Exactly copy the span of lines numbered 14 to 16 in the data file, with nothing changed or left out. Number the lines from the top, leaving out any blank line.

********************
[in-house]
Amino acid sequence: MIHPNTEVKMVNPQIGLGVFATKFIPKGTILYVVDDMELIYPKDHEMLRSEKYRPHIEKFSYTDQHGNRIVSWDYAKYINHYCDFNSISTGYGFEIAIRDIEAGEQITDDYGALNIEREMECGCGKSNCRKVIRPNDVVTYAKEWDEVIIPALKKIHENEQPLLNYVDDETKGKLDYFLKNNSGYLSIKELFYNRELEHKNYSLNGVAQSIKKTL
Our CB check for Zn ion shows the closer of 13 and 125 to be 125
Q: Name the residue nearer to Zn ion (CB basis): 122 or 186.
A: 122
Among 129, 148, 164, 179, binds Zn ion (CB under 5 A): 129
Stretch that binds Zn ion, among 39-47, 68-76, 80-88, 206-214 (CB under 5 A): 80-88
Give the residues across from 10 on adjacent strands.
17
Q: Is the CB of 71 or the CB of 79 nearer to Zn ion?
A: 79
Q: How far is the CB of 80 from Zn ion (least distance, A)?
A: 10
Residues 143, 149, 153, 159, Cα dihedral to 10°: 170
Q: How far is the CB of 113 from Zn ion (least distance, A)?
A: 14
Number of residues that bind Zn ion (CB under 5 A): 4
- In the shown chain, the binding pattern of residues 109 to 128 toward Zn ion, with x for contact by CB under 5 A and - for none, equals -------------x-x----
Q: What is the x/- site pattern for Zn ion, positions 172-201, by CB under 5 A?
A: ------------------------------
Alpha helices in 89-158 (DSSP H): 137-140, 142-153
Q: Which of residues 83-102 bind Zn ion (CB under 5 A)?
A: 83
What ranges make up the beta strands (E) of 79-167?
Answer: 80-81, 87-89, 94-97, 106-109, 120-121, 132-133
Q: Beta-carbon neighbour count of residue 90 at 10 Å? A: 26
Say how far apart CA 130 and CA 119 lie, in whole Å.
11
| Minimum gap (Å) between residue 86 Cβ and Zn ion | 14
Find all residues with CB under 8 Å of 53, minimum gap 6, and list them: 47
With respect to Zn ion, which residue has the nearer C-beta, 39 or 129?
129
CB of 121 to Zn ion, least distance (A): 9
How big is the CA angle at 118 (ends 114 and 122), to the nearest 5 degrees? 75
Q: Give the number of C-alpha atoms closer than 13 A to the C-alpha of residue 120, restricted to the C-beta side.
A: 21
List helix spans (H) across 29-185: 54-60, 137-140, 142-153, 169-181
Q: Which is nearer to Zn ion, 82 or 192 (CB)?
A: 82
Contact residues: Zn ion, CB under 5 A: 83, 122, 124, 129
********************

Residues 143, 149, 153, 159, Cα dihedral to 10°: 170
Q: How far is the CB of 113 from Zn ion (least distance, A)?
A: 14